Acute lung injury: Apoptosis and signaling mechanisms
Acute lung injury (ALI) has been documented clinically following several pathological states such as trauma, septic shock and pneumonia. The histopathological characteristics, paired with the production of a number of cellular pro-inflammatory mediators, play a crucial role in the progression of ALI. During ALI, polymorphonuclear neutrophil (PMN)-mediated apoptosis is delayed by macrophages, possibly via effects on the Fas/FasL mediated pathway, leading to the accumulation of these cells at the site of injury and inflammation. The transcriptional regulation of NFkB, CREB, and AP-1 also regulates the pathogenesis of ALI. During sepsis and septic shock, we found evidence of infiltrating leukocytes in the alveolar spaces along with an increased number of TUNEL-positive cells in the lung sections. We also observed an increased expression of TRADD and Bax/Bcl2 ratio at 7 days post-sepsis. In contrast, the NFkB/IkB ratio increased at 1 day post-sepsis. Together, these data provide evidence illustrating the induction of apoptosis in lung tissues subsequent to the onset of polymicrobial sepsis. The results support the concept that the upregulation of apoptosis following lung inflammation plays a crucial role in the development of acute lung injury and related disorders such as ARDS.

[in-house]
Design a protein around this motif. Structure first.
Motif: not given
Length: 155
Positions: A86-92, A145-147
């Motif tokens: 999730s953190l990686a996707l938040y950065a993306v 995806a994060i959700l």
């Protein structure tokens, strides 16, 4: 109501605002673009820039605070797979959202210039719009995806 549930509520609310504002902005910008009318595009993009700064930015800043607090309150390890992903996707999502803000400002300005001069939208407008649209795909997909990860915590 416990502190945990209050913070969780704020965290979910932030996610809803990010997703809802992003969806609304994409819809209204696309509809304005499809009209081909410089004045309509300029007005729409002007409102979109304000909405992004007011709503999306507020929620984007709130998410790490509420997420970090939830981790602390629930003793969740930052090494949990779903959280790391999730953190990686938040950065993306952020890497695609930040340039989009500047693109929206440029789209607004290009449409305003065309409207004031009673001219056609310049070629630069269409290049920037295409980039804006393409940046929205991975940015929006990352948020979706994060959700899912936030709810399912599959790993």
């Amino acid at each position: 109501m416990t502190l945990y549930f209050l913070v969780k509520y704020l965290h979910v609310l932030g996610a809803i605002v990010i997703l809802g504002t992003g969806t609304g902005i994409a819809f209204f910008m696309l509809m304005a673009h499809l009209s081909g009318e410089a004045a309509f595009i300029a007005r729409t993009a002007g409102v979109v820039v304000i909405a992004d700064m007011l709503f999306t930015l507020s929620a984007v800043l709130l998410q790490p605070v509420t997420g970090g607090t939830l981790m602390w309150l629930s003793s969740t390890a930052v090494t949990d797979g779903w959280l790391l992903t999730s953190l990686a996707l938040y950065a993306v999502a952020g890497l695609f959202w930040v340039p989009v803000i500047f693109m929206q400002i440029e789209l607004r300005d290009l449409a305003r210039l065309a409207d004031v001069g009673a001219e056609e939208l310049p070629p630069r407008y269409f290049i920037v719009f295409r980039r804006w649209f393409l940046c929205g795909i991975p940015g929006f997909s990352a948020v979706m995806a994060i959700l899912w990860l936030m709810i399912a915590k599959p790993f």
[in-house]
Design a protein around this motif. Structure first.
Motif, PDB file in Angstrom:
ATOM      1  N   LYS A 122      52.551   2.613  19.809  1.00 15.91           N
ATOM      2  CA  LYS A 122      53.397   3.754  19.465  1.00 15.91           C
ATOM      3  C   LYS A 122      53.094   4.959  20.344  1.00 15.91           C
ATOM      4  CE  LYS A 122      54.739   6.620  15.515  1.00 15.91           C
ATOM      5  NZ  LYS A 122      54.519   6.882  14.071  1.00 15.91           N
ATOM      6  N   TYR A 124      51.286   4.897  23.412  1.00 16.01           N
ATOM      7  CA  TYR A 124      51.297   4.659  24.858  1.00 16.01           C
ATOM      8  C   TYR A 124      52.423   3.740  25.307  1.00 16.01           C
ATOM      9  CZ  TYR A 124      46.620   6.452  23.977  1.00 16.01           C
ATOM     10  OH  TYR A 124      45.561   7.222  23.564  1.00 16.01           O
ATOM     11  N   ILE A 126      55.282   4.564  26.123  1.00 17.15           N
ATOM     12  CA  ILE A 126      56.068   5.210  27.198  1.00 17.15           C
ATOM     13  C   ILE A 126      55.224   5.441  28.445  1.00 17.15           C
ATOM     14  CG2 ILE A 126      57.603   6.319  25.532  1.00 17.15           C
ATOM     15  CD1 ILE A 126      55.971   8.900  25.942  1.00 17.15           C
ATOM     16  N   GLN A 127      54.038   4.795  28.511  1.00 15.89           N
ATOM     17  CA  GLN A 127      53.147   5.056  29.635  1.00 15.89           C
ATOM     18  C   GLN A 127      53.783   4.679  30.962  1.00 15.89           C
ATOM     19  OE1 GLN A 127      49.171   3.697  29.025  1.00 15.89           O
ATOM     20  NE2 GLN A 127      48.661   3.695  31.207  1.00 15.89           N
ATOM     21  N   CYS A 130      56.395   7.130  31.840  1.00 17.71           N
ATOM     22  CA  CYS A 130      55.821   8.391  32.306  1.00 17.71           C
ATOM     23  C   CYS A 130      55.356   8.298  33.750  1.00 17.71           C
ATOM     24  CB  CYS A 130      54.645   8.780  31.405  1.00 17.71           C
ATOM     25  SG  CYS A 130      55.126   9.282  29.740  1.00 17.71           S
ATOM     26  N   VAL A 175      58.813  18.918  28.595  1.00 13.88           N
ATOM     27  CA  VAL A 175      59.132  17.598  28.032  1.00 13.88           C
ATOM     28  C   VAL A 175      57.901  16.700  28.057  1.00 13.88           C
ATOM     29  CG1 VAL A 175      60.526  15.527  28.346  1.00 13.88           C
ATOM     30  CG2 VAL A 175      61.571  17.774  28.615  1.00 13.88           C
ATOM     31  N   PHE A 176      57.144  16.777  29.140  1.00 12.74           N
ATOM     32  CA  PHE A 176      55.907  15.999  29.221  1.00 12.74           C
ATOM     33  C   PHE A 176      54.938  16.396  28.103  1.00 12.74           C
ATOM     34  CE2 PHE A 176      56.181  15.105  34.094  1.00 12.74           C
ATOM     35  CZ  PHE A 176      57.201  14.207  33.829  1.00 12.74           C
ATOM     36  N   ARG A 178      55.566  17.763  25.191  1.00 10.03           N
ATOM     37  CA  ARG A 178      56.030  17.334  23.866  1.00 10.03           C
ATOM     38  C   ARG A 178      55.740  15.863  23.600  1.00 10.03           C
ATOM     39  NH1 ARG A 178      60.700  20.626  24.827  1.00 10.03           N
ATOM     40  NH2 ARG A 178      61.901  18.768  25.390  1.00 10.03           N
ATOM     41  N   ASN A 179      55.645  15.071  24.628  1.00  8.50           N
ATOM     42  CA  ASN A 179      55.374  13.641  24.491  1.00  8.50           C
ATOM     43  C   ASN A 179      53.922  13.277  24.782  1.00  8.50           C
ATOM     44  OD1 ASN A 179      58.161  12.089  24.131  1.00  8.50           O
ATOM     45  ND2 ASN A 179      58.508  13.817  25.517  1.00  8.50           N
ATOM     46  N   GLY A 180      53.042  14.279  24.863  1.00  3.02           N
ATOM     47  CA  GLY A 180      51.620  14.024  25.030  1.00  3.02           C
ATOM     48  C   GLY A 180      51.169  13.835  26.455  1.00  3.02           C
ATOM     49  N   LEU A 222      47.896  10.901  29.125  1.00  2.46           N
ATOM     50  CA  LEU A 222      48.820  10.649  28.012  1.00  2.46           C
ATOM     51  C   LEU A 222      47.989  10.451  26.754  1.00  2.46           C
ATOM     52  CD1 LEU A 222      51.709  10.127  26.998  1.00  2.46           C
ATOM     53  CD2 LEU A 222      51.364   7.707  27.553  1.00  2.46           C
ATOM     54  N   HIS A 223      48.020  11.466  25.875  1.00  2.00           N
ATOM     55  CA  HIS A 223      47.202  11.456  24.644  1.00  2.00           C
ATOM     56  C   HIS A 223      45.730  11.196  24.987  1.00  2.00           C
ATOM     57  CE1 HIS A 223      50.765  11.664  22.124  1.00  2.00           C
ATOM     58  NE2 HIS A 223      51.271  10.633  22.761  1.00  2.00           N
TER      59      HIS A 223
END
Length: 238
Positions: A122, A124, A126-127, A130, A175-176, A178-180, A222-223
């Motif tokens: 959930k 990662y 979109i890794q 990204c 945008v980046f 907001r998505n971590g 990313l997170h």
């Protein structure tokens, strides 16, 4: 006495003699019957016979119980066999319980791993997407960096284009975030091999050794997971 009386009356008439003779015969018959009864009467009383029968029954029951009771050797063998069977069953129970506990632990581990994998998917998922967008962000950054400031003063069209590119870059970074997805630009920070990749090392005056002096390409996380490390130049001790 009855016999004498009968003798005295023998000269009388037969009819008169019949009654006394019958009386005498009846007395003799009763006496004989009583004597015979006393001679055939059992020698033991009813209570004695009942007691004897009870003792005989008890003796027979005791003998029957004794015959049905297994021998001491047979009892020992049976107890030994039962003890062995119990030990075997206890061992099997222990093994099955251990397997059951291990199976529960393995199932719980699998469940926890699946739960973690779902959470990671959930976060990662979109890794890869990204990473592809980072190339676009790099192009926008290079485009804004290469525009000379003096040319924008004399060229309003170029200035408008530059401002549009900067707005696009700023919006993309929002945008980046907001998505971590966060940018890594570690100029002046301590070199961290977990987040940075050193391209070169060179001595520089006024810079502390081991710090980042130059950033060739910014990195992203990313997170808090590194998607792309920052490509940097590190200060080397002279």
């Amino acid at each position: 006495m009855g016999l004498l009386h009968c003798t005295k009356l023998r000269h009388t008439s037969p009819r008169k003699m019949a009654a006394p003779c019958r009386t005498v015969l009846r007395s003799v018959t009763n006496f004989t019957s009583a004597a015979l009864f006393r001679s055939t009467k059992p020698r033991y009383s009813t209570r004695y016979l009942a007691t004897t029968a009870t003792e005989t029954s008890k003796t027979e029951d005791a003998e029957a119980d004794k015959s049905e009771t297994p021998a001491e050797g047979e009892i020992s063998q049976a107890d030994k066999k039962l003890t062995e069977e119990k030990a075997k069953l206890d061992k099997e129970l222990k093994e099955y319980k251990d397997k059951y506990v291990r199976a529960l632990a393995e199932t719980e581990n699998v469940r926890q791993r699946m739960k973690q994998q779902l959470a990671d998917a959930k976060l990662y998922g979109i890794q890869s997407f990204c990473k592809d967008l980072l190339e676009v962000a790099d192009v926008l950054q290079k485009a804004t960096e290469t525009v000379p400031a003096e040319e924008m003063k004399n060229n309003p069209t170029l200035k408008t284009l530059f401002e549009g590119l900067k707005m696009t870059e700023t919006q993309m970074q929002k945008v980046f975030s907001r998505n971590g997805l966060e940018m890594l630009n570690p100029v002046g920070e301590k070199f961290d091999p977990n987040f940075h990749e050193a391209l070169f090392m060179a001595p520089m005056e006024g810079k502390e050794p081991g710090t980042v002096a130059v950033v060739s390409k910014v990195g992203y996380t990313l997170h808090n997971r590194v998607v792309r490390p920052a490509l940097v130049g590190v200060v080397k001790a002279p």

Experimental biology and medicine
Chopra, M.; Reuben, J. S.; and Sharma, Avadhesh C., "Acute lung injury: Apoptosis and signaling mechanisms" (2009). PCOM Scholarly Papers. 929.
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